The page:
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  • 09 / 08 / 2007

 Iván Pedroso and the painful goodbye
Iván Pedrosos absence from the World Athletics Championship in Osaka turned out a painful news; but at the same time a relief for all those admirers of the outstanding athlete who do not want to see their idol relegated from the awarding podium once again.

For almost two decades Iván Lázaro Pedroso Soler has stood in the most diverse world arenas. His glass cabinet accumulates titles in all levels of competition and although comparisons always carry a high degree of subjectivity, if we only go by the number of medals, without a doubt qualifies as the Cuban athlete of all times.

One Olympic title, nine world titles and three Pan Am ones are pretty significant results. No other Cuban sportsperson, from whatever discipline, nears these achievements.

Pedroso has lived times of great emotion like that spectacular sixth attempt in the 2000 Sydney Olympic Games. He was behind Australian Jai Taurima, who had jumped 8.49 meters and risked the Olympic gold in his last chance. Before the astonished look of the thousands of fans who logically were supporting the local jumper, Pedroso made a strong momentum run, stretched out as a real grasshopper "the nickname that has accompanied him since his beginnings" and fell on the mark of 8.55m. The public could not believe it: Iván Pedroso was the champion.

Another moment of great significance for the life of Pedroso was his 8.96-meter jump in 1996 during a competition held in Sestriere, Italy. Since Mike Powell and Carl Lewis staged the fight for gold in the 1991 World Athletics Championship in Tokyo, where Powell set a world record of 8.95m, no other jumper had neared that figure. However, Powell himself "friend of Pedroso" had declared that only Iván had real possibilities to surpass his leap.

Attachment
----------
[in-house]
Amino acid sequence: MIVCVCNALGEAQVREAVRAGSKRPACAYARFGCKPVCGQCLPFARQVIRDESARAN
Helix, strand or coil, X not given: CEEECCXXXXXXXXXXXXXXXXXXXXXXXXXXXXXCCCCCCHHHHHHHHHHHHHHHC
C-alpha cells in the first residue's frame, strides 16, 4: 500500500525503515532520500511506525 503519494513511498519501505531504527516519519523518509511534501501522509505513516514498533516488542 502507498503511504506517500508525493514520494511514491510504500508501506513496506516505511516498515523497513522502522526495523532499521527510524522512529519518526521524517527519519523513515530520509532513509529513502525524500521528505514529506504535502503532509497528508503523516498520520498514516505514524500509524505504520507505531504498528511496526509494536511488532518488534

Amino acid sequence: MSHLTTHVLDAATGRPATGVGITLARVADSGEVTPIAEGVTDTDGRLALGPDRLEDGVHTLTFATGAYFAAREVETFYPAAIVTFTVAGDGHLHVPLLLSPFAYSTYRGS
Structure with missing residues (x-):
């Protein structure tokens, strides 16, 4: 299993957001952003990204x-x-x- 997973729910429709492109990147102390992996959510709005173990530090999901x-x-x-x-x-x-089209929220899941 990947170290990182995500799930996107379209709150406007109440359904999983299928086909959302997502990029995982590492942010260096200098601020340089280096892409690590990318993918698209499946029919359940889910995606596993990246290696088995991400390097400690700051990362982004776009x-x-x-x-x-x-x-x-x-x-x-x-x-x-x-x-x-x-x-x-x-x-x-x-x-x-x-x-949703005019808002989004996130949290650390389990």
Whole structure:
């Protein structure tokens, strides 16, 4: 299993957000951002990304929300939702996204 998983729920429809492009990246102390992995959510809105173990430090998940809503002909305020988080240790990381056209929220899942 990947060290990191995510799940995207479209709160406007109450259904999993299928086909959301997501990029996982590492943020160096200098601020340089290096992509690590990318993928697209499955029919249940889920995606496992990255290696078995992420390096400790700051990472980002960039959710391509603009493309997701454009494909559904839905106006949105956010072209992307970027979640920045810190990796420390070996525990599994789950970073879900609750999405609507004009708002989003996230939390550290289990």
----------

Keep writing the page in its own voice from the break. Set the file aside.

That highly awaited leap came in 1996 and Pedroso surpassed Powell; but the amount of wind in his favor was above what the International Federation of Athletics Associations (IAAF) allows and therefore, Pedrosos mark was not homologated as a world record; however, the Cuban went down in history as the athlete to have achieved the longest leap in long jump.

Injuries have been Pedrosos major enemy. Perhaps the most remembered of all was that he suffered two months prior to the Atlanta Olympics. After his amazing 8.96-meter leap, Pedroso was the clear favorite to break the string of consecutive Olympic victories achieved by brilliant Carl Lewis; however, a leg injury jeopardized his participation in the US contest. Against all predictions, Iván attended the event and did his best to finish 12th with a mark of 7.75. Lewis won again.

After the 2001 IAAF World Championship in Edmonton, where Pedroso took his fourth straight world title, his relegation began. Its true that he won the Pan Am Games in Santo Domingo later and even qualified for the final in the Olympic Showcase in Athens; but he was not the same then.

Almost aged 35 "he was born on December 17, 1972" Pedroso has resisted the retirement. This year his marks have been very poor and nobody granted him chances to compete in the Rio de Janeiro Pan Ams. In May, Iván placed 3rd in the Cuba-Barrientos Cup with barely 7.96. It appeared his end; nevertheless, a leap of 8.15m achieved during a training session convinced the coaches and they included him in the large Cuban delegation that participated in Rio.

In the Brazilian city and as Iváns followers feared, the Cuban disappointed everyone. He was not even able to surpass 8 meters and was relegated to fourth place. It was very sad for those who once saw him climb the first spot in three Pan Am Games to see him now, desperate, slower and smarted from injuries.

Before leaving for Osaka, where the 11th edition of the World Championship is underway, Javier Sotomayor declared that Olympic champs Iván Pedroso and Anier García were not fit to attain a good job in the world showcase and were out of the Cuban delegation.

The news should have been pretty painful for the two athletes and for the thousnads of followers; however, it appears the wisest decision.

For more than two years Pedroso is barely a shadow of his former self; but he resists retirement. Maybe deep inside of himself he holds out the hope to revive past glories, to return to the awarding podium. That will increasingly be more difficult because sport is really unfair. You live your time and take advantage of it to the full because you know that the inevitable decline comes afterwards.

Athletes prefer to retire in the exact moment when they understand that their skills are not the same. Its preferable a retirement in time than the constant humiliation of seeing themselves relegated by athletes who they beat once. Iván Pedroso does not need to prove anything else. He has a secure spot now, and for life among the immortals of Cuban sports. And that should be enough.

Source: By Miguel Ernesto Gómez Masjuán, CubaSi

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